Sabatino CEO Federico Balestra has already had an offer of $1 million from China, his press release notes, but the family has decided to auction it for charity at Sotheby's, New York, Saturday.



Upland Roars In


       Upland was instantly hot. In this town that worships the new, it was not just the latest, but also a good-looking new home for the very amiable Justin Smillie. Like many obsessively migratory food lovers, I'd fallen for his food at  Il Buco Alimentari. Most especially, I was haunted by memories of his Neanderthal slab of roasted short rib - wildly decked out with celery curls, toasted walnuts, poison-green Castelvetrano olives and slivers of fresh horseradish.


       I don't recall reading why Smillie left his small open three-star kitchen on Great Jones Street where that  crusty wedge was the draw (at least for my crowd). I'll guess he decided, or was persuaded, he was due for his own stage. Signing up with restaurateur Stephen Starr made that reality upscale. An ambitious commuter to our city from Philadelphia, Starr could afford the uptown lease, finance a Keith McNallyian golden glow behind a wall of bottles in a rich design by Roman and Williams, and provide a trained corporate team up front. 


       Named for the West Coast town Smillie grew up in, the place would feature twists on California food, the chef said, homage to his idols - Alice Waters, Jonathan Waxman, Jeremiah Tower. Indeed, Upland seemed good to go on my first visit - contemporary California-enamored-with-Italy.345 Park Avenue South, Entrance on 26th Street, east of Park. Click here to read more. You'll want to know what I loved.



Cosme: A Work in Poceso


       I don't know Enrique Olvera. I've never been to his internationally highly rated Pujol in Mexico City. I'm not sure I ever saw him hurtling through the dining room of Cosme in my two early visits. He's short and rumpled, a hugger, and is "prone to breaking into a  goofy conspiratorial grin," according to a Boswellian account by the Times' Jeff Gordinier. Did I see him? I can't say for sure. The dining room is as dark as a movie theater with bright spotlights on the food that spill over onto my companion's shiny nose. But I feel I know him thanks to that Times portrait.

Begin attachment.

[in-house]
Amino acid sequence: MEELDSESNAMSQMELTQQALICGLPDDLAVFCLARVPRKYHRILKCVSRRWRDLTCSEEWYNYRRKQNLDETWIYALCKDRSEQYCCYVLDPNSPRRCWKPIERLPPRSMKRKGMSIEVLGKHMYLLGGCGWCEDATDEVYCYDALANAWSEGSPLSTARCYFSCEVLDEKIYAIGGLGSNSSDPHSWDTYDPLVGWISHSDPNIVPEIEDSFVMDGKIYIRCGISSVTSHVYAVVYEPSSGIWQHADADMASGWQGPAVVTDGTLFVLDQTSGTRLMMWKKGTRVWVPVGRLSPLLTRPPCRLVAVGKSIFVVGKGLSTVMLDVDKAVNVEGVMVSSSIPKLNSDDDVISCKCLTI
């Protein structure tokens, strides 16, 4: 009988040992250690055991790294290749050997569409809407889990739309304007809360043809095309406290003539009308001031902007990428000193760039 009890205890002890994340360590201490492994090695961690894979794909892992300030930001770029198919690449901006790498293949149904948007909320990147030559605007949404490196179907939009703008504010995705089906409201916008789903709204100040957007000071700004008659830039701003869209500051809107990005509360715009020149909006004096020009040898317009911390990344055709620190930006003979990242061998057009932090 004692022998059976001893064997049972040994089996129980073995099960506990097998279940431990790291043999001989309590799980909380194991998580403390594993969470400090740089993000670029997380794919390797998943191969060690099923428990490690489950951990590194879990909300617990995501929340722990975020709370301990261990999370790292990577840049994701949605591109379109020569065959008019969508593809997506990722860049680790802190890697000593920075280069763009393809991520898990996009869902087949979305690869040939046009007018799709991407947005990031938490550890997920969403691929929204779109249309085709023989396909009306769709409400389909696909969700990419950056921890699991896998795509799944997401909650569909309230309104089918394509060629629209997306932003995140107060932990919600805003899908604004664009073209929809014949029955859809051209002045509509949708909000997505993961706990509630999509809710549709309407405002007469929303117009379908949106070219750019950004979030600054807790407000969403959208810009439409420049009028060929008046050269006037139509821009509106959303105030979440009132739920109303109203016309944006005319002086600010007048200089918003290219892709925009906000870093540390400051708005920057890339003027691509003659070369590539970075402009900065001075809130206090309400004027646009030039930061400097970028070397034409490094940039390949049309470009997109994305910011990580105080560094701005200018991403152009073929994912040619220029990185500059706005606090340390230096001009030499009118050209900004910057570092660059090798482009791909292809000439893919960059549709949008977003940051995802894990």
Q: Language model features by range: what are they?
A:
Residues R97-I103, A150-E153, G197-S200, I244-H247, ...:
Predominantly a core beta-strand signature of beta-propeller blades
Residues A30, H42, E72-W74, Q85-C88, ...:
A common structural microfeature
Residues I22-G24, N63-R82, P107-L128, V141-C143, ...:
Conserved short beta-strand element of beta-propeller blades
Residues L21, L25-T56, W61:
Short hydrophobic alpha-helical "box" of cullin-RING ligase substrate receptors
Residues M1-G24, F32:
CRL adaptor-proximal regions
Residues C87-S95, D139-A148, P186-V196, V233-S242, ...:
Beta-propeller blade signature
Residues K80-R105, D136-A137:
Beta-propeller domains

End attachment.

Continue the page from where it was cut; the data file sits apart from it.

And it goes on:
He's worried most New Yorkers have never heard of him. And he's right. Most have not. But his arrival in town has had the food world hyperventilating for a year. Enough obsessed foodies are on alert. Olvera doesn't have to worry for a while anyway. The place is already booked through the year, I've read. He can count on the congenital first-night nomads who need to be where they think it's happening. And the first raves and oh-my-gods are wafting in so quickly. When the affluent locals and suburbanites who care about what they eat hear how astonishing, original and marvelous Olvera's food can be...though small if not skimpy and expensive...they'll press in. Click here to read more in case you score a table. 35 East 21st Street between Broadway and Park Avenue South.


David Asks What If?

        As you might guess, "What If...? The Architecture and Design of David Rockwell" (Metropolis Books $45) is a great looking slab of book. Rockwell - architect, interior designer, theatrical set designer - reveals how that question drives his imagination. What if you could step inside a crystal goblet? What if your environment transformed with every step?  What if a restaurant could vanish at a moment's notice? What if your ultimate escapist fantasy was real?
       The brilliant and exuberant loyal David (my friend since we met at the opening of Wildcat, a night club he designed more than 30 years ago) takes you into 35 projects from the "what if" to the finished realization. Nobu Fifty Seven, Tao Downtown, The Food Revolution Truck (for hungry minds), the disappearing Ted Theater in Vancouver, Kinky Boots and Hairspray, the Hall of Fragments at the 2008 Venice Architecture Biennials (food for thought). Justin Davidson, Elizabeth Diller, John Guare and Jack O'Brien chime in and Rockwell rock Chee Perlman edited.



A Bissel and a Schmear

       "Eating Delancey: A Celebration of Jewish Food (Powerhouse $34) by Aaron Rezny and Jordan Schaps is a totally eccentric book. It seems they asked almost anyone Jewish or leaning toward Jewish or touched by  Jewishness to contribute an essay, a report or a recipe and there is no table of contents so you just have to read and eat and eat and read till you're full. There are laughs and tears and an introduction by Joan Rivers which may be her last laugh.

       Iris Burnett writes about Brown Food. Isaac Mizrahi celebrates stuffed derma. Dan Shaw writes about Katz's Delictessan. Don Rickles salutes Jewish mothers. There's a recipe for Ratner's gefulte fish and a quiz, answer: "The gefulte fish is the one with a slice of carrot on its back." Henny Youngman advises: "In a restaurant choose a table near a waiter."


       It's hard to believe there are sections of pale type on paler backgrounds that cannot be read by anyone over 40, but Schaaps says it didn't look like that in the galleys and it will be corrected. Don't wait. Find a teenager to read those pages for you if a brighter light doesn't help.




Photographs of...Per Se's Kitchen, Pearl and Hazel at the Window, Danny and Me, The Sabatino Truffle, Upland's White Truffle Pizza and it's Roasted Short Rib, and The Burrata at Cosme.
may not be used without permission from Gael Greene. All rights reserved.